4 What issues should I consider as an international student? The most important issue is whether UK legal qualifications are relevant and usable in your own country. It cannot be overstated how important it is that you check this with potential employers and/or your professional association at home. Non-EU students who want to qualify to practise in the United Kingdom must obtain the right of permanent residence from the Home Office.
Checklist: your next steps •
Check with your own country’s professional legal body whether English/Scottish/Northern Irish law is relevant in your circumstances.
Check each prospectus carefully to see which options, and which examination methods, suit you best.
Undergraduates should apply through the Universities and Colleges Admissions Service (UCAS). You can make five course choices (at five different institutions if preferred).
Postgraduates should apply direct to the institution.
Details concerning the professional qualification courses highlighted above, including, where relevant, details of institutions providing the relevant courses, are available from the professional institutions concerned - for example, the Solicitors Regulation Authority (GDL, LPC and PSC); the Bar Council of England and Wales (GDL and BVC); the Law Society of Northern Ireland (CPLS and DPLP); the Law Society of Scotland (DLP); and the Faculty of Advocates. See contact details overleaf.
You should bear in mind immigration requirements when considering whether to study in the UK, as the regulations for entry into the UK have changed recently. Law www.educationuk.org
For advice and guidance about the new points-based system and to download application forms for students visit the UK Border and Immigration Agency website: www.bia.homeoffice.gov.uk/studyingintheuk The college or university to which you are applying has to be officially registered with the UK government as an Education and Training Provider under Tier 4 of the points-based system. Note the fact that the name ‘Register of Sponsors’ does not indicate any financial support. You can check your institution on: www.ukba.homeoffice.gov.uk/sitecontent/documents/employersandsponsors/pointsbasedsystem/registerofsponsorsed ucation A good source of up-to-date information on immigration requirements is the UK Council for International Student Affairs (UKCISA) (www.ukcisa.org.uk), which also includes advice on fees and funding, the cost of living, study methods, and working in the UK during and after your studies. The International Student Calculator will help you to plan and manage your money for your studies in the UK - www.studentcalculator.org.uk/international.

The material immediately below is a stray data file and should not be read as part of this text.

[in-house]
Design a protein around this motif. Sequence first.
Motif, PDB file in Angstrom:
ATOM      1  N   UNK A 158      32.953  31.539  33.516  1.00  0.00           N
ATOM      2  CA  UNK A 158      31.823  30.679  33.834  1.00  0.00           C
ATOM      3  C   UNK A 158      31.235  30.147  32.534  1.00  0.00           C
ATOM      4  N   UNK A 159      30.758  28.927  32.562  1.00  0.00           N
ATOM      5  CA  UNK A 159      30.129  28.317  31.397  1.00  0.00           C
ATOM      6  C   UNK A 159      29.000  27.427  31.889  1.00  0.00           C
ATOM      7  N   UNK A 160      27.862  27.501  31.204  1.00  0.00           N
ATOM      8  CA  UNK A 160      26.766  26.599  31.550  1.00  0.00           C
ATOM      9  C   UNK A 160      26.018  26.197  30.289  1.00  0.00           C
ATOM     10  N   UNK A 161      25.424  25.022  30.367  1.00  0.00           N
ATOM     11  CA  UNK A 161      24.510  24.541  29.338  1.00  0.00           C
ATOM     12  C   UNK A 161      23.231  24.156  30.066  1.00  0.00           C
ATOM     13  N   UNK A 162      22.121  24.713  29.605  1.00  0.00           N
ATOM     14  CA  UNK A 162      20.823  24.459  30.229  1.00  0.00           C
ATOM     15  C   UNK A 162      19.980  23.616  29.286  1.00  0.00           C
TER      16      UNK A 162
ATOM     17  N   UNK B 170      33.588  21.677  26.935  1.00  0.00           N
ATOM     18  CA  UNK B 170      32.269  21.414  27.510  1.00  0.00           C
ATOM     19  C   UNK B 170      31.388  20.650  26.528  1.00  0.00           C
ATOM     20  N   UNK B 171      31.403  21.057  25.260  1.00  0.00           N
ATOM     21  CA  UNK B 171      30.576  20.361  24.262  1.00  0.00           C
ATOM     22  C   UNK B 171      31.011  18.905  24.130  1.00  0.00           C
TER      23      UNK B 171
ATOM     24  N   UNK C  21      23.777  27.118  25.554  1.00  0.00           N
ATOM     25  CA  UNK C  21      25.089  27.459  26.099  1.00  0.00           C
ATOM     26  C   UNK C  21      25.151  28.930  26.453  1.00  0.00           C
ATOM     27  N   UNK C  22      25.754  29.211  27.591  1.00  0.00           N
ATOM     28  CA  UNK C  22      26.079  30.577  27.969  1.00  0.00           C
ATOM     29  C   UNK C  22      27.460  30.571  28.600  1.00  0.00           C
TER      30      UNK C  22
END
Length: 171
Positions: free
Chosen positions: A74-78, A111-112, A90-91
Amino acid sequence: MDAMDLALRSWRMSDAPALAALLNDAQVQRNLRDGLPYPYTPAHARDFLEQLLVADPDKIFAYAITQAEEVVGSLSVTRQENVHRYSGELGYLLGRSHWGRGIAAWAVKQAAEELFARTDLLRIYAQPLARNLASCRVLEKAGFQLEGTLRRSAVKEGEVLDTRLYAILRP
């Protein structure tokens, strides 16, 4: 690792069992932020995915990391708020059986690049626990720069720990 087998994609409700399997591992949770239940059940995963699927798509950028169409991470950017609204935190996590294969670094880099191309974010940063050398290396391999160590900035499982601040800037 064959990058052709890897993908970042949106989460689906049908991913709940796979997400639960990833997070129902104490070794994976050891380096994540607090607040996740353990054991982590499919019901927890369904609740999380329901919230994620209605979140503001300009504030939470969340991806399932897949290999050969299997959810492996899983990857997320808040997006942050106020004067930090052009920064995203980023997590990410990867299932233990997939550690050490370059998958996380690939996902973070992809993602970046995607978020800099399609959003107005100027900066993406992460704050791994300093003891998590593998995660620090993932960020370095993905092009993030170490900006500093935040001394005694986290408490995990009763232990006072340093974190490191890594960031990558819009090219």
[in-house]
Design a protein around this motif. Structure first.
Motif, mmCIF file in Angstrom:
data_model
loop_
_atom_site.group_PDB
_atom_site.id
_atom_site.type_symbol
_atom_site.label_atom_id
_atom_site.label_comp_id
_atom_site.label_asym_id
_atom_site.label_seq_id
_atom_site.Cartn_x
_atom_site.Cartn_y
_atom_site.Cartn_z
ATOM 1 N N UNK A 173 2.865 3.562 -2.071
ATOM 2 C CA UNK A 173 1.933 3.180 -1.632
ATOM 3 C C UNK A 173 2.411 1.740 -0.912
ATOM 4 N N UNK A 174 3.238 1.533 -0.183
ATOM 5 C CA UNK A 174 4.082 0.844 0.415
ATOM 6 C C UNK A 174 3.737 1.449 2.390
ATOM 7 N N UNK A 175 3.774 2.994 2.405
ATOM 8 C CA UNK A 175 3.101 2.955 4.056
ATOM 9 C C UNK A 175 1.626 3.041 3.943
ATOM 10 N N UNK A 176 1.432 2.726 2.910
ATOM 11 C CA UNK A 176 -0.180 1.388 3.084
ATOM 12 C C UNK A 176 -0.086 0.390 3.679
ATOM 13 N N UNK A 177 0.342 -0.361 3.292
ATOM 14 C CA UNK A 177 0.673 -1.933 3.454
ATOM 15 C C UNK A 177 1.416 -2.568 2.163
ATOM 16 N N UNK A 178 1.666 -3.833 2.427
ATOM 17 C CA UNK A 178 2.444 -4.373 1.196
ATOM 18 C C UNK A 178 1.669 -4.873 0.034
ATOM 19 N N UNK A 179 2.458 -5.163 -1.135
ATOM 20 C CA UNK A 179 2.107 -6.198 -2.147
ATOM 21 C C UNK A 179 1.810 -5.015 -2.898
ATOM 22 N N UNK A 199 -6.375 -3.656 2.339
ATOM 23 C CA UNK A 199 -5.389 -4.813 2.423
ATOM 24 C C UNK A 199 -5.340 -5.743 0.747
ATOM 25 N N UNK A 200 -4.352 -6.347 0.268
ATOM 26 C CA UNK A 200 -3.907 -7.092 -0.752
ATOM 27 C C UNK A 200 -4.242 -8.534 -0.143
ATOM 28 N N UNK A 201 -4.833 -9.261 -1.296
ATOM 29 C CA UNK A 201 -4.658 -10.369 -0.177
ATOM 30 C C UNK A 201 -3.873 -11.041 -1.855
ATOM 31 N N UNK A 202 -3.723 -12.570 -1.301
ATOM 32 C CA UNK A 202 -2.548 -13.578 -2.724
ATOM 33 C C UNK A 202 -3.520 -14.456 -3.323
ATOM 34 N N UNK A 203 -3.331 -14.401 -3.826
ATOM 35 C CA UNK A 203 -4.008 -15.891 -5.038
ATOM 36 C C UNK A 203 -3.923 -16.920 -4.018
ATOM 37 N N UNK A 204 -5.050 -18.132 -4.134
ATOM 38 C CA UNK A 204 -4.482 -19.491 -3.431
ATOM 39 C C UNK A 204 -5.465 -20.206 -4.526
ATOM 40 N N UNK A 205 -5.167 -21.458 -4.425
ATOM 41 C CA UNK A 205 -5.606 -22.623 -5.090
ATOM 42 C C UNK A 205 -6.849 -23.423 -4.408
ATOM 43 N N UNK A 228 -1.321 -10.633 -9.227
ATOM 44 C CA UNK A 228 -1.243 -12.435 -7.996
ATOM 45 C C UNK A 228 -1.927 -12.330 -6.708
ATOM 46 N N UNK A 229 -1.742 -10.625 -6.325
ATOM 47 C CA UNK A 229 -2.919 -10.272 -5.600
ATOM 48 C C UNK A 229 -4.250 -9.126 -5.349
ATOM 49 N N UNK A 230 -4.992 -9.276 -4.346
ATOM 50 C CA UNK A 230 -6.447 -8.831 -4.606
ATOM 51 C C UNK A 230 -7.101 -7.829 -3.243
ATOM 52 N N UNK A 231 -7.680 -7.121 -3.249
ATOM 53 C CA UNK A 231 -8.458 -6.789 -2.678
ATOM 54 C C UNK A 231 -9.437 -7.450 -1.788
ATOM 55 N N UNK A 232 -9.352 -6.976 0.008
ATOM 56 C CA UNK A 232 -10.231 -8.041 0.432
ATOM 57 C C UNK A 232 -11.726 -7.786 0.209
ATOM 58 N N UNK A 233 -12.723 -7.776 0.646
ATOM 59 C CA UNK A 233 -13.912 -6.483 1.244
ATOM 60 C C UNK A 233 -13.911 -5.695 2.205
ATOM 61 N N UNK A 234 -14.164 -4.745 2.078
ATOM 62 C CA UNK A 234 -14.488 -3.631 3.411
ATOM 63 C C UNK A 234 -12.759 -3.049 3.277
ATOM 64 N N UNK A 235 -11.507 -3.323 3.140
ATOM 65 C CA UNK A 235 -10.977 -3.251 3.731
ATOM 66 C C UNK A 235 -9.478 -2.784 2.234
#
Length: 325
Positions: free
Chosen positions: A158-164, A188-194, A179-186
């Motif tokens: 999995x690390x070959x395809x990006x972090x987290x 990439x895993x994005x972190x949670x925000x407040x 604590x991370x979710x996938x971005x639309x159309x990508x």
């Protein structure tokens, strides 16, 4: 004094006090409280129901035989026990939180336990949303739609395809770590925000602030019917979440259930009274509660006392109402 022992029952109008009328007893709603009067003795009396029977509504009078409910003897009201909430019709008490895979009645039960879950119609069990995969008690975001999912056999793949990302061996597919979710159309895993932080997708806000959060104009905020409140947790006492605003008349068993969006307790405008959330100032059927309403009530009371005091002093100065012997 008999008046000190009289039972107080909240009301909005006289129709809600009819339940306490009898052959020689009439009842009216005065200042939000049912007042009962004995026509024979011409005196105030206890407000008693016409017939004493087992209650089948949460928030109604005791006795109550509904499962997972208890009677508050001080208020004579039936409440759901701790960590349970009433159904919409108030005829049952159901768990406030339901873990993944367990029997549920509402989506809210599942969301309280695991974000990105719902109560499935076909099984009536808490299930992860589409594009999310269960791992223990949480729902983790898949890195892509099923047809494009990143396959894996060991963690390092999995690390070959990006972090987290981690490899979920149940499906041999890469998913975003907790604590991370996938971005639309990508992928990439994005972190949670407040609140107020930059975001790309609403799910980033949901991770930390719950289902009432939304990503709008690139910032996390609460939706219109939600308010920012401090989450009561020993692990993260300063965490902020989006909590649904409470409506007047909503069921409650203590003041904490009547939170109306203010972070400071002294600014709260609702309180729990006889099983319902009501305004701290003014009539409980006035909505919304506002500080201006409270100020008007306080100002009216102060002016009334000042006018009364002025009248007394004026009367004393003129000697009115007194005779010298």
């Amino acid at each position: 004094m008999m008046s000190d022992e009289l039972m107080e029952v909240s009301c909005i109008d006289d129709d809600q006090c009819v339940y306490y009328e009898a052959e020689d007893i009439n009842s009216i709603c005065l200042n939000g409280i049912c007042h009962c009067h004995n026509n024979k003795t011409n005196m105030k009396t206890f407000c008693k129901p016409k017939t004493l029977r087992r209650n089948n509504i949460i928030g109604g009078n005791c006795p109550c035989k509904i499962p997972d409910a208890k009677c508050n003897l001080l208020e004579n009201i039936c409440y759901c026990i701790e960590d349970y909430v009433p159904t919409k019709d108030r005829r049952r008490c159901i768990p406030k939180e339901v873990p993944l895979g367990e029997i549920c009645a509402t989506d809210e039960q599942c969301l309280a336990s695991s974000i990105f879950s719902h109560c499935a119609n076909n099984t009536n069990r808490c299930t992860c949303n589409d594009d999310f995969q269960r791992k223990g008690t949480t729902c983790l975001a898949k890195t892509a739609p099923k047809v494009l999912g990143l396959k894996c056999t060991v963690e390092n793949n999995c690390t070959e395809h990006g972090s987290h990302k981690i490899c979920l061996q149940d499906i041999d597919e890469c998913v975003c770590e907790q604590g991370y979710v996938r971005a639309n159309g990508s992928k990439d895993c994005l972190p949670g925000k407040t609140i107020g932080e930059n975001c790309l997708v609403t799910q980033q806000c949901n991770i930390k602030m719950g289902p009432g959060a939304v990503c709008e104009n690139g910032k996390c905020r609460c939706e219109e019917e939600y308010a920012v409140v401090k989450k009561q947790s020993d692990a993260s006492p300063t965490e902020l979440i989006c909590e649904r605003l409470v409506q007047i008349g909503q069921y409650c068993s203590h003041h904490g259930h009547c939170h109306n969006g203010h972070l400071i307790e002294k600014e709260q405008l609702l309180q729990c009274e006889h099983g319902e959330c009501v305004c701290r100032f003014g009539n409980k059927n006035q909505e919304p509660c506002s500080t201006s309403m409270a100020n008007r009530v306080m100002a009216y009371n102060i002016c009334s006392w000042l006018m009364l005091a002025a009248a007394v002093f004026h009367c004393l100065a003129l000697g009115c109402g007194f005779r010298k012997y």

5 Where can I find more information? The British Council has produced the Education UK portfolio to provide international students with a wide range of information and guidance that will help them find out more about studying a UK course and other important issues, such as applying to study, entry clearance and living in the UK. The portfolio includes: • • • •
The Education UK website and a number of country websites containing locally relevant information – www.educationuk.org The essential guides to education in the UK: Undergraduate and pre-university; Postgraduate and MBA* Universities, Colleges and Schools Handbook* Postgraduate UK magazine*
* The publications are available at a selected number of British Council offices for students to use. The Education UK websites are a valuable source of information, with a database of over 450,000 courses and profiles of institutions that contain details of entry requirements and course fees; some offer a virtual tour of their campus. It is possible to take the exams for many of the qualifications listed here at your local British Council office. Contact your local office for more information or go to www.britishcouncil.org/learning-exams.htm. The Bar Council 289–293 High Holborn London WC1V 7HZ Telephone +44 (0)20 7242 0082 Fax +44 (0)20 7831 9217 www.barcouncil.org.uk
Solicitors Regulation Authority Ipsley Court, Berrington Close, Redditch Worcestershire B98 0TD Telephone +44 (0)870 606 275 Fax +44 (0)1527 510213 E-mail email@example.com mailto: www.sra.org.uk
Universities and Colleges Admissions Service (UCAS) Rosehill New Barn Lane Cheltenham Gloucestershire GL52 3LZ Telephone +44 (0)87 0112 2211 E-mail firstname.lastname@example.org www.ucas.com Law Society of Northern Ireland 40 Linenhall Street Belfast BT2 8BA
Telephone +44 (0)28 9023 1614 Fax +44 (0)28 9023 2606 E-mail email@example.com www.lawsoc-ni.org
The Law Society of Scotland 26 Drumsheugh Gardens Edinburgh EH3 7YR Telephone +44 (0)13 1226 7411 Fax +44 (0)13 1225 2934 E-mail firstname.lastname@example.org www.lawscot.org.uk
Faculty of Advocates Parliament House Parliament Square Edinburgh EH1 1RF
College of Law Braboeuf Manor Portsmouth Road Guildford Surrey GU3 1HA Telephone +44 (0)1483 216000 Fax +44 (0)1483 460305 E-mail email@example.com www.college-of-law.co.uk
Times Student Law website http://business.timesonline.co.uk/tol/business/law/student
Telephone +44 (0)13 1260 5795 E-mail: firstname.lastname@example.org www.advocates.org.uk
Other useful resources Progression to Law 2010 entry (UCAS, 2010 ISBN: 978 1 84361 108 0) Getting into Law, 7th Edition (Trotman, 2008, edited by Carl Lygo, ISBN: 978 1 84455 149 1) Companion website www.mpw.co.uk/getintolaw
While every effort has been made to ensure that the information given here is correct and up to date, the British Council accepts no legal liability for its accuracy, currency or completeness.
June 2009 ÂŠ British Council 2009 The United Kingdom's international organisation for cultural relations and educational opportunities. A registered charity: 209131 (England and Wales) SC037733 (Scotland).